El Morro juts out of San Juan harbor beckoning cruise ships just as it used to deter sea attacks. The structure is a hulking six-story fortress built between 1539 and 1589, withstanding two World Wars and several other scrimmages. Now, El Fuerto San Felipe del Morro is Puerto Rico's go-to tourist attraction, both for its extensive history and its outstanding vista of the Atlantic Ocean. You can also walk though the fortress' depths, which include a maze of tunnels, barracks and prison cells.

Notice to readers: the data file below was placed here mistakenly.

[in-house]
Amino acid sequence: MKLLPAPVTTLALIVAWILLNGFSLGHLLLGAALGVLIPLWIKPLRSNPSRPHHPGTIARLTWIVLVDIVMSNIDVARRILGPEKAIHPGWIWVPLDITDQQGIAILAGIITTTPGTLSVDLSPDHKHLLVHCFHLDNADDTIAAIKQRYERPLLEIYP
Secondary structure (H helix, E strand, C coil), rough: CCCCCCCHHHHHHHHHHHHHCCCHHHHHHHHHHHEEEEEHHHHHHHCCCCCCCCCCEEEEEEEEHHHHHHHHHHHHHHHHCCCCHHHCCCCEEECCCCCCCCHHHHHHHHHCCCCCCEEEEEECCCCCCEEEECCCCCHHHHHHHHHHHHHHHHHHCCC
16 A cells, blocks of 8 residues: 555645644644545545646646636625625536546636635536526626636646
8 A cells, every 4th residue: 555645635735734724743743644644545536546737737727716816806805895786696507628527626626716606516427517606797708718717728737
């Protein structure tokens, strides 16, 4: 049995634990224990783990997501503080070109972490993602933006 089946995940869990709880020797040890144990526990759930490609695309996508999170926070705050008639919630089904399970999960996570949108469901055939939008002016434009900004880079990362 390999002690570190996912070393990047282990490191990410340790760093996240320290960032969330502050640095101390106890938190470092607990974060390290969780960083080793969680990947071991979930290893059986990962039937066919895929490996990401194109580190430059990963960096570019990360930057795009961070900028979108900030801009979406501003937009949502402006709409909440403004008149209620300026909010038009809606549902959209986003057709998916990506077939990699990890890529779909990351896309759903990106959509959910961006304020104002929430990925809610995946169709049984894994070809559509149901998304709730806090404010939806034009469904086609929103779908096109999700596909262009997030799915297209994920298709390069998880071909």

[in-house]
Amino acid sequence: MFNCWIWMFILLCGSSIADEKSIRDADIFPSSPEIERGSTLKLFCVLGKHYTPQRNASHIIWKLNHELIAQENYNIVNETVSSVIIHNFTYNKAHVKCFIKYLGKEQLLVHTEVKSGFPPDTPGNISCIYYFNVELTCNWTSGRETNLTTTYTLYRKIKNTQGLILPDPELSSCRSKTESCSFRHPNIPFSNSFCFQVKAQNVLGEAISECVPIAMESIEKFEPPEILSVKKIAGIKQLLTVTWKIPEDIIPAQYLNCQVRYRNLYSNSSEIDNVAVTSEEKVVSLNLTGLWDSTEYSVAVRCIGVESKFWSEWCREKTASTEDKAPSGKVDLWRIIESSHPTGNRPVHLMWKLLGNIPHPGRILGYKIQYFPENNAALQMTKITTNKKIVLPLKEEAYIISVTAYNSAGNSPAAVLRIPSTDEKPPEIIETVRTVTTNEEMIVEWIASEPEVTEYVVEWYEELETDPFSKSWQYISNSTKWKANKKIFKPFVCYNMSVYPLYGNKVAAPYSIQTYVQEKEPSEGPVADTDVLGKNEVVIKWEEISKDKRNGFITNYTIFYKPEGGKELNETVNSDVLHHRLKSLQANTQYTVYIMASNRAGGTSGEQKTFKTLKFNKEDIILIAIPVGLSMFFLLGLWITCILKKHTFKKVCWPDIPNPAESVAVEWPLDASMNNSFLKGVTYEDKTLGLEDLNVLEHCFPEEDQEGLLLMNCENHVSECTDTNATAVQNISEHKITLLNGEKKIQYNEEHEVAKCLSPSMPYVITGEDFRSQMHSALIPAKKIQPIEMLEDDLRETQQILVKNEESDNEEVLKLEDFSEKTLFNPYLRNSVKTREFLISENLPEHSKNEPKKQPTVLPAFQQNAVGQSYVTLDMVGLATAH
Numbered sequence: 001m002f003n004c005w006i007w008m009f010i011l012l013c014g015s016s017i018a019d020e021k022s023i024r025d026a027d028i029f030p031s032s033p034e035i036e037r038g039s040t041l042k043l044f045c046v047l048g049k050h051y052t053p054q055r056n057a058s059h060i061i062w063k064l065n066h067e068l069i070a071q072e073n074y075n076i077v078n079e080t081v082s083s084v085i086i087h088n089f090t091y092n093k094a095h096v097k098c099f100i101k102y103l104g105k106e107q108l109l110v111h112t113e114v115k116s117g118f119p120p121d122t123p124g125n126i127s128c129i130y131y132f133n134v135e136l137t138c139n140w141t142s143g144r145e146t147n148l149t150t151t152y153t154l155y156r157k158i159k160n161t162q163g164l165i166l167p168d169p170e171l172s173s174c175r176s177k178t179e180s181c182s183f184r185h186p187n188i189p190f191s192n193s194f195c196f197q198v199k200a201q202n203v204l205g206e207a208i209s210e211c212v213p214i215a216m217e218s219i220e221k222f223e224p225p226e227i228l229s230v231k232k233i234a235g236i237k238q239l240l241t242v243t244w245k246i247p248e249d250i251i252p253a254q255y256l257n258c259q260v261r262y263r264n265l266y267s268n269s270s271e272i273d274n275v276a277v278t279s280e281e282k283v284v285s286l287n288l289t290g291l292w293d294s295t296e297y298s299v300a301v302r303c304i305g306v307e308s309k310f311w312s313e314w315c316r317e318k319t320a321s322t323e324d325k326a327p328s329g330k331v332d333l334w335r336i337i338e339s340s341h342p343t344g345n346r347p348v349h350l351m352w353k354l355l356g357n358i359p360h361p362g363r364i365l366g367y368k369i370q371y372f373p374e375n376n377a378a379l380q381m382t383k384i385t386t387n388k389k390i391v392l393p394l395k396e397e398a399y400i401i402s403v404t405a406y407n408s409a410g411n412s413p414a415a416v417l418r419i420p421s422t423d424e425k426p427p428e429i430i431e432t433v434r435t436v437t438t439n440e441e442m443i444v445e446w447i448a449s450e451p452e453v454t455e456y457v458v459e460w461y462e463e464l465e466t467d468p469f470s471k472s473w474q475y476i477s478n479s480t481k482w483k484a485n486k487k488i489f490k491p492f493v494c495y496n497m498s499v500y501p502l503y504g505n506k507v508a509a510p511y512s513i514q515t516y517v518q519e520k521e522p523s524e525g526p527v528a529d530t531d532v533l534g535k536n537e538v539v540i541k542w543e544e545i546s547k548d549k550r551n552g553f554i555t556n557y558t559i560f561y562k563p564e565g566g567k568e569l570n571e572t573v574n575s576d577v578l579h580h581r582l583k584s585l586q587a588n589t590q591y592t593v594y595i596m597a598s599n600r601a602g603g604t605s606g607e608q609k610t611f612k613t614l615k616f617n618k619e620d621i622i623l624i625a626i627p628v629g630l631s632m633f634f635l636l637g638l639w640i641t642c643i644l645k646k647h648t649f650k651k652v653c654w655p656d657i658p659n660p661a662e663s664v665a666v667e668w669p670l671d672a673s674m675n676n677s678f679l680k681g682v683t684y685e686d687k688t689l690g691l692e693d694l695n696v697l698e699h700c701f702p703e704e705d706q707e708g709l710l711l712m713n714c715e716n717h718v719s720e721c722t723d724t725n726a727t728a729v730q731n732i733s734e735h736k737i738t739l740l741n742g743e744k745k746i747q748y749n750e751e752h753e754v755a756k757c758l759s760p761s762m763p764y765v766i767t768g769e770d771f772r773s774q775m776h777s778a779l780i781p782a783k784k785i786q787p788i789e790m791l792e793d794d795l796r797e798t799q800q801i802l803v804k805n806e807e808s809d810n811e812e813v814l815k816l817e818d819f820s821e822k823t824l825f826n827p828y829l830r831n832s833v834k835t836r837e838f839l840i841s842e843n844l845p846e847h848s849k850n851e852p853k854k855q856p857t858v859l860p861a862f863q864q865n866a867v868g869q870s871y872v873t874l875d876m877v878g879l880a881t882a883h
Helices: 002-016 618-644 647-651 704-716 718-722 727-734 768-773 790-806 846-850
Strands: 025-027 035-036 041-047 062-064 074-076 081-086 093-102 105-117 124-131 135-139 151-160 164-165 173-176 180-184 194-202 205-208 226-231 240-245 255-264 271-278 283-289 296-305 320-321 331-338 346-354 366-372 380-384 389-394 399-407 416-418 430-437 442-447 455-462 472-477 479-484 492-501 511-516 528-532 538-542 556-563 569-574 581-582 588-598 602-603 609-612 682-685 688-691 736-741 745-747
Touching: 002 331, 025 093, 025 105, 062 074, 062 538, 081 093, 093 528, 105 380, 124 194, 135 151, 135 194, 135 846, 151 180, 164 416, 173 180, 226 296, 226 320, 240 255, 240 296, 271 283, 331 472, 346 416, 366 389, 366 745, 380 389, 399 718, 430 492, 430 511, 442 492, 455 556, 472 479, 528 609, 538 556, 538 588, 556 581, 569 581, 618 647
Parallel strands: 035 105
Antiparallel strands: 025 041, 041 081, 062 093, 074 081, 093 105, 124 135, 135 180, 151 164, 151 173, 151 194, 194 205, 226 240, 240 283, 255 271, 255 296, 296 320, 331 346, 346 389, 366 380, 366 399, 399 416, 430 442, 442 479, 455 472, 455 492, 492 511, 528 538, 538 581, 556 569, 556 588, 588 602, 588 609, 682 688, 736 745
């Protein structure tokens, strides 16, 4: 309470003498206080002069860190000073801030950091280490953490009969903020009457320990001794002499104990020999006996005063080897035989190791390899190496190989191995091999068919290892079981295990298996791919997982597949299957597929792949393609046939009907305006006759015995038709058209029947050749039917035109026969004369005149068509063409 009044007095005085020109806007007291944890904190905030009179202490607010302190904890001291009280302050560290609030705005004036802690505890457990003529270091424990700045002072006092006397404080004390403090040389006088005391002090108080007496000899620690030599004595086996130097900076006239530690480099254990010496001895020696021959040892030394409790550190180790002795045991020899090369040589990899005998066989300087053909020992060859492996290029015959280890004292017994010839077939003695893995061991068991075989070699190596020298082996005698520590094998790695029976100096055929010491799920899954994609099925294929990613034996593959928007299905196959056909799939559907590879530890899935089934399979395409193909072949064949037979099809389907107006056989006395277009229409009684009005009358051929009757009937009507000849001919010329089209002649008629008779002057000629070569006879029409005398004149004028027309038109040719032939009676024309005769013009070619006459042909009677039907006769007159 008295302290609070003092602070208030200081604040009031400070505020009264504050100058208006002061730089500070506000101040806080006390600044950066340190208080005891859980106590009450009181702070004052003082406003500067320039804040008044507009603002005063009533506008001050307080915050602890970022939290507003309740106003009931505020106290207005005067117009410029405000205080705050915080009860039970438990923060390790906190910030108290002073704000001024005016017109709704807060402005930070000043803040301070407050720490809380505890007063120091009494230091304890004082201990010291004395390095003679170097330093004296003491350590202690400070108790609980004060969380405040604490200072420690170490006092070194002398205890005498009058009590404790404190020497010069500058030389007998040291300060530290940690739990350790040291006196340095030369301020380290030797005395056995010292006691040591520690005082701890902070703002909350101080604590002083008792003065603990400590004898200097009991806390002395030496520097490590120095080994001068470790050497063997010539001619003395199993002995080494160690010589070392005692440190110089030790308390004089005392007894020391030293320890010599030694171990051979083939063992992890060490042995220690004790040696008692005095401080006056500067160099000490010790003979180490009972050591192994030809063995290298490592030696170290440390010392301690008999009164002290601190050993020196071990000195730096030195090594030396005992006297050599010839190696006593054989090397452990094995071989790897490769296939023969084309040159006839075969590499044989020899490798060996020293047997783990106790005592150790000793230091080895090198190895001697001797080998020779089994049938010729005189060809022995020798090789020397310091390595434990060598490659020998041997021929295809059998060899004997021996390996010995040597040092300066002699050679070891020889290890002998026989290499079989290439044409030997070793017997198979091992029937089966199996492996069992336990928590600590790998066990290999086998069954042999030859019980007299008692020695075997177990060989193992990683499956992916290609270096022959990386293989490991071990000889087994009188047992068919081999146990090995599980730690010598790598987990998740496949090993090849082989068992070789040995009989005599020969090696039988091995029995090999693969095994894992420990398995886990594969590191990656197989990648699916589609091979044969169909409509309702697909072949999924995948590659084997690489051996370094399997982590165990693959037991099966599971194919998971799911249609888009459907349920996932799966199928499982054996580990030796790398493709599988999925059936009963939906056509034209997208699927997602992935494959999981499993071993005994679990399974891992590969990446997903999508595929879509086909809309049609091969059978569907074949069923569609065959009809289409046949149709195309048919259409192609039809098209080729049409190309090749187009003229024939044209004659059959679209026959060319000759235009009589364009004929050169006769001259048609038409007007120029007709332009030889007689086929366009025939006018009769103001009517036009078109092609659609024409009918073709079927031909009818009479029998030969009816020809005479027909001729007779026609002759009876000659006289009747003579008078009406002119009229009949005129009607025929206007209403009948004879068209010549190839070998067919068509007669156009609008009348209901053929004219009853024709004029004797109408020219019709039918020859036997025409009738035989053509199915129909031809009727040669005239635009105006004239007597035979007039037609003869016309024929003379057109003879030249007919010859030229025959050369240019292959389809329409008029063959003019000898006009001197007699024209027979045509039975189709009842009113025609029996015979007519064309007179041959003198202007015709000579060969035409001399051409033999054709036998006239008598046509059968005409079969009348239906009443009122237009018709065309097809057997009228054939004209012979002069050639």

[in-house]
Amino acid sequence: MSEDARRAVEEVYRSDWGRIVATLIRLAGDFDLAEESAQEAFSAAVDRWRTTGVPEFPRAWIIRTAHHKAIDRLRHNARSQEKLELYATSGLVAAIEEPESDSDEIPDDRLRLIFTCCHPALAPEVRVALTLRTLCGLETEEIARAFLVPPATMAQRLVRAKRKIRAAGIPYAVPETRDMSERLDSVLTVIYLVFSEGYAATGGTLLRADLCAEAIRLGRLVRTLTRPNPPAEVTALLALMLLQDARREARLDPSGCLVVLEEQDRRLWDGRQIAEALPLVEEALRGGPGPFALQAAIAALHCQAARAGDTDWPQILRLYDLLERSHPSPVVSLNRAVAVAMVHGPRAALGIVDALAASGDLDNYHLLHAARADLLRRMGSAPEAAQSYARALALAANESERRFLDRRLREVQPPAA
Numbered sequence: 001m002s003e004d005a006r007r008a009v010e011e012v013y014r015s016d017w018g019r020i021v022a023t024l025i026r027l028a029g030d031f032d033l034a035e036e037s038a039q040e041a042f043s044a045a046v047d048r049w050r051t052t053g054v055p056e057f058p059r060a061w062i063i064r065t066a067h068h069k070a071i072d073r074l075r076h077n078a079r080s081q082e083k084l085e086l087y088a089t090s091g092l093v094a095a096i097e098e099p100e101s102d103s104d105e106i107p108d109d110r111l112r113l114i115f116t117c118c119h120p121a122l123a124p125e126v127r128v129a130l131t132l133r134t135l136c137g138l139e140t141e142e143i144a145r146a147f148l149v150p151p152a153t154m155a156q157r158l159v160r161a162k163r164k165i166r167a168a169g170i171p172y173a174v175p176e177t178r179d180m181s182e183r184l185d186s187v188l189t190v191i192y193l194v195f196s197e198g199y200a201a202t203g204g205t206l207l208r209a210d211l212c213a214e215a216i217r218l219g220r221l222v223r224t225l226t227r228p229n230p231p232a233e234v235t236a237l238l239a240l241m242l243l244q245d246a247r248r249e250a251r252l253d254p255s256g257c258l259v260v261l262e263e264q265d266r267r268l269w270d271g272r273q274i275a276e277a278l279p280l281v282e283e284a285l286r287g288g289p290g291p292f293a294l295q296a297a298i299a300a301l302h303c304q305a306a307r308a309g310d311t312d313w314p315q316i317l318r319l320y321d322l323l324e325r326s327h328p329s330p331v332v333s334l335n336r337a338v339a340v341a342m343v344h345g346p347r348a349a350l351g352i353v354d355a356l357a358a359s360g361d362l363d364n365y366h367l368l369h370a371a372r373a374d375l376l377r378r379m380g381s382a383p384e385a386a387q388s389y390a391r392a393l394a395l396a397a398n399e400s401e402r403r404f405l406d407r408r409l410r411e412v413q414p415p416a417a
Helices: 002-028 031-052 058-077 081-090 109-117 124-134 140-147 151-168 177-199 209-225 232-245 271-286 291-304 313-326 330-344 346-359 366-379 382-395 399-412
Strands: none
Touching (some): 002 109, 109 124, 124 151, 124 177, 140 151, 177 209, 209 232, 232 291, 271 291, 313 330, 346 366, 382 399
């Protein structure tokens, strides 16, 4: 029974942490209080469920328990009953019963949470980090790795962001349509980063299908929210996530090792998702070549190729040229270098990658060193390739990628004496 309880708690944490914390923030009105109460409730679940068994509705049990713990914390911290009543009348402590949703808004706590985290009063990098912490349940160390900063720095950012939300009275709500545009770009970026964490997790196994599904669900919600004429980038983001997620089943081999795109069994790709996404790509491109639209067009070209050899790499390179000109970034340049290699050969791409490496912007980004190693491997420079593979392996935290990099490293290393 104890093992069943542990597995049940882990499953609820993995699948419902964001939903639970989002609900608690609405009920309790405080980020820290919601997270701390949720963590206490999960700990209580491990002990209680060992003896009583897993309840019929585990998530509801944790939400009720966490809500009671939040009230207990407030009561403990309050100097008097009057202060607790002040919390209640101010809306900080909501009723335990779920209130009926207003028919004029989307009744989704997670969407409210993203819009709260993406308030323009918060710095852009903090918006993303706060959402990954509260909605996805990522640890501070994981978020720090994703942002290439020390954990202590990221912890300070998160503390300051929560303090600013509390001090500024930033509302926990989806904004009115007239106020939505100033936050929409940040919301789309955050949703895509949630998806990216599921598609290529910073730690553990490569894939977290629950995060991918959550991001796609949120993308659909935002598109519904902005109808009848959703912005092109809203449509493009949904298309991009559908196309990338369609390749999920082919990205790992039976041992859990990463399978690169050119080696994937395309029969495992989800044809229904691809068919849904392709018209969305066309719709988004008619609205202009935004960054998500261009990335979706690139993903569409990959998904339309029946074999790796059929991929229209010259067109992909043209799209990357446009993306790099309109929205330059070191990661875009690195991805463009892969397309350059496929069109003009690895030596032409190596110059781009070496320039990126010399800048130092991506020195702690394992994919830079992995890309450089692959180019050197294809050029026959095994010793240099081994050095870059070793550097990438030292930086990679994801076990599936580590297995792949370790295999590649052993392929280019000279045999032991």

Admission to El Morro is reasonable, considering its size, and as one Virtualtourist notes, "what I enjoyed the most about visiting El Morro was that we were able to roam around the fort on our own." You'll enjoy exploring more if you wear comfortable walking shoes.
El Morro is one of two forts inside the San Juan National Historic Site. Its sister, the Fort San Cristóbal, is one of the largest Spanish fortresses in the Western Hemisphere. Both sites have seasonal hours; during the summer the Visitor Center is open from 9 a.m. to 7 p.m. and you can hike the trails from 9 a.m. to 6 p.m. Admission is $3 for patrons age 16 and over, $5 if you want to visit both forts.